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I would like this blog to be as open and plural as possible -although for the time being I reserve editorial rights. If you would like to become a contributor, or even if you think you may have something to say or share, please email me on and let me know about it.

Opinion pieces, best practices, resource lists (they are very popular, by the way) or other relevant announcements are all welcome.

5 Comments Post a comment
  1. I am researcher and also work on governance and policy advocacy issues in India. Recently, I completed a research assignment for the Climate and Disaster Governance Programme, at the Institute of Development Studies, U.K (2009) on research “Citizen Engagement and Accountability in Climate Adaptation and Disaster Risk Reduction Policy Process India”.

    During working on these issues, there was always a question in mind that though public policy relates to the public, the public is not aware about the policy and policy process. How can public policy be brought to the community / public level in view of promoting a true democratic system?


    December 10, 2010
    • Interesting observations.I agree that public especially in the south asia/asia are not aware of the impacts of public policies on their lives. This is because they come to know about these policies only after they becomes ACTS/LAWS and are implemented. this is the fundemental difference when compared to public in the north. they are aware of the policies and contest them while they are made NOT after they come to implemenation. The best way to make the public in south to know about the policies is to make them part of the process > not treating them as policy benficiaries. HOW CAN We do this?? May be we need to ask our bureaucrats, INGOS, DONORS and acedemics..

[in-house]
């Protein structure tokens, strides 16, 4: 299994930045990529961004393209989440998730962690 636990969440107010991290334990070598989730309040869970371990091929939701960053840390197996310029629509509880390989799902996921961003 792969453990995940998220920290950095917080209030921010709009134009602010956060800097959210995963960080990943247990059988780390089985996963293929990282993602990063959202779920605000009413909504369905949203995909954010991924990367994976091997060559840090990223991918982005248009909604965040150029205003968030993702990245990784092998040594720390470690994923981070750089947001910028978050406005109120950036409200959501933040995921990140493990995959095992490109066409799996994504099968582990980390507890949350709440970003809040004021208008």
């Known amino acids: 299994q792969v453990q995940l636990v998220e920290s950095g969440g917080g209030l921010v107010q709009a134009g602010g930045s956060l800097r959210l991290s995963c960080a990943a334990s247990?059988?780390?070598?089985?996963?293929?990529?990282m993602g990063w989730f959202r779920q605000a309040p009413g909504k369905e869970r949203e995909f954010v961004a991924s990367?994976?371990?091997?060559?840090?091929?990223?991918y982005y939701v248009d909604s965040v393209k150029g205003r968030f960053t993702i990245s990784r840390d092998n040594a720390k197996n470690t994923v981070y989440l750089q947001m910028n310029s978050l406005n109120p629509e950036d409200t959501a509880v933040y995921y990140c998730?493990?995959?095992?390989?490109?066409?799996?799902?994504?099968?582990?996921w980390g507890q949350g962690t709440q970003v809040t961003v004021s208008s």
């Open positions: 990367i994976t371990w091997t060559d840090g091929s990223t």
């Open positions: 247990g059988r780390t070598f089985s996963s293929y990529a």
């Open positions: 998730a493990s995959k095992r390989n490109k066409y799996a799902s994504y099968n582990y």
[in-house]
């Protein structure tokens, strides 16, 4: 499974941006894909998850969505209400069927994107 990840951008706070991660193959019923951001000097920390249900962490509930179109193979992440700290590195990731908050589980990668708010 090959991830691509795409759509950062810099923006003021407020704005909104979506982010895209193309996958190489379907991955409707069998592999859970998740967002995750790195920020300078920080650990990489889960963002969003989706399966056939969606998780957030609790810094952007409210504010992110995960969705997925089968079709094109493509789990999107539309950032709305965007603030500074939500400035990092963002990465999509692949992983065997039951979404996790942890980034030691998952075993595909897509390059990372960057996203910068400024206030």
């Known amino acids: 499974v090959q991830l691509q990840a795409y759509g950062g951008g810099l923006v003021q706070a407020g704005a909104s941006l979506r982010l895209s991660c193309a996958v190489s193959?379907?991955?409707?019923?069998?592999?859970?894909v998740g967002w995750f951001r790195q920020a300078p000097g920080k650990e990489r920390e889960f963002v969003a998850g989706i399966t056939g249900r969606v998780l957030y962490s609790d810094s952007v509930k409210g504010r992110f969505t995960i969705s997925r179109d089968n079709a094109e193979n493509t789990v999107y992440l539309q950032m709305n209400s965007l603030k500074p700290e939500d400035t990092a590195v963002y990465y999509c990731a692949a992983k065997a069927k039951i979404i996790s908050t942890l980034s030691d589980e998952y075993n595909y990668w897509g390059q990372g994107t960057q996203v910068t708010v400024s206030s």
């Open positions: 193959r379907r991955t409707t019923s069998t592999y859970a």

February 23, 2011
      • Thank you for your comment. I’ve been reading quite a lot lately about the public role of think tanks and here is certainly an opportunity for them to make a difference. Is it possible that the pressure on ‘southern think tanks’ to ‘influence policy’ and have clear impact is promoting a privatisation of the public debate (so fundamental in any aspiring democracy)? Daniel Ricci talks about ‘The Great Conversation’. I like this idea: that think tanks main role (most fundamental role) is to improve the quality of this conversation -public, open, accessible. This would mean the inclusion of ideology, the de-jargonisation (this is not a word) of policy debate and the acceptance research only plays a small role in policy decisions.

        Here then southern think tanks could possibly contribute to this by being more open about the politics of their own work -letting their publics know about why they are studying what they are studying and focusing their attention to their own ‘industry’. The more informed the public is of the politics of policies the more likely it is to understand and be engaged with the policy discussion that think tanks, iNGOs, etc. promote. This way, what is now a very private -often donor to minister- discussion would be come and open, great conversation.

        I am also more and more curious about the role of public intellectuals.


        February 23, 2011

Trackbacks & Pingbacks

  1. Whose money is it anyway? think tanks and the public: an Indian debate « on think tanks
  2. Whose money is it anyway? think tanks and the public: an Indian debate « on think tanks

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